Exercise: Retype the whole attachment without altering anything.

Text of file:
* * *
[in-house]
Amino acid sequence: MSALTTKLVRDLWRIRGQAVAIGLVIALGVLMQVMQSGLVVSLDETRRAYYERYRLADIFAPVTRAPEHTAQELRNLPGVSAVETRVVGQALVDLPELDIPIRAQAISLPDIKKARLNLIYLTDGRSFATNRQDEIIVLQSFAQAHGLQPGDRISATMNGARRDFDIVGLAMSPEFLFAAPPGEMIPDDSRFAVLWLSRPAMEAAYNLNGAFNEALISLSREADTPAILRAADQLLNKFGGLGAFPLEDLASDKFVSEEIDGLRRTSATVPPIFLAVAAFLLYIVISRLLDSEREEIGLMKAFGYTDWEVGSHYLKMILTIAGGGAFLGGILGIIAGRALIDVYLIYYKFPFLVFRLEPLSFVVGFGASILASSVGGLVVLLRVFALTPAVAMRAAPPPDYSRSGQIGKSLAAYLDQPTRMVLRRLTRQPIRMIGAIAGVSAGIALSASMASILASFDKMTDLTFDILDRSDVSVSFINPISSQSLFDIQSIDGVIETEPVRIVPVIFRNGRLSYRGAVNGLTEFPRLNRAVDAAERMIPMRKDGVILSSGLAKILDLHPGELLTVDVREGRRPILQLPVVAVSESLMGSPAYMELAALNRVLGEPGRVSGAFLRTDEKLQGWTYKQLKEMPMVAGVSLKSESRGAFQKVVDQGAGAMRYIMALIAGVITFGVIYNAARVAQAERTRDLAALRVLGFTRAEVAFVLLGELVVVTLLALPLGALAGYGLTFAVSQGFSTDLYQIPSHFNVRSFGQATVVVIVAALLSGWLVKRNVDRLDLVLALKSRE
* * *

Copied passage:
[in-house]
Amino acid sequence: MSALTTKLVRDLWRIRGQAVAIGLVIALGVLMQVMQSGLVVSLDETRRAYYERYRLADIFAPVTRAPEHTAQELRNLPGVSAVETRVVGQALVDLPELDIPIRAQAISLPDIKKARLNLIYLTDGRSFATNRQDEIIVLQSFAQAHGLQPGDRISATMNGARRDFDIVGLAMSPEFLFAAPPGEMIPDDSRFAVLWLSRPAMEAAYNLNGAFNEALISLSREADTPAILRAADQLLNKFGGLGAFPLEDLASDKFVSEEIDGLRRTSATVPPIFLAVAAFLLYIVISRLLDSEREEIGLMKAFGYTDWEVGSHYLKMILTIAGGGAFLGGILGIIAGRALIDVYLIYYKFPFLVFRLEPLSFVVGFGASILASSVGGLVVLLRVFALTPAVAMRAAPPPDYSRSGQIGKSLAAYLDQPTRMVLRRLTRQPIRMIGAIAGVSAGIALSASMASILASFDKMTDLTFDILDRSDVSVSFINPISSQSLFDIQSIDGVIETEPVRIVPVIFRNGRLSYRGAVNGLTEFPRLNRAVDAAERMIPMRKDGVILSSGLAKILDLHPGELLTVDVREGRRPILQLPVVAVSESLMGSPAYMELAALNRVLGEPGRVSGAFLRTDEKLQGWTYKQLKEMPMVAGVSLKSESRGAFQKVVDQGAGAMRYIMALIAGVITFGVIYNAARVAQAERTRDLAALRVLGFTRAEVAFVLLGELVVVTLLALPLGALAGYGLTFAVSQGFSTDLYQIPSHFNVRSFGQATVVVIVAALLSGWLVKRNVDRLDLVLALKSRE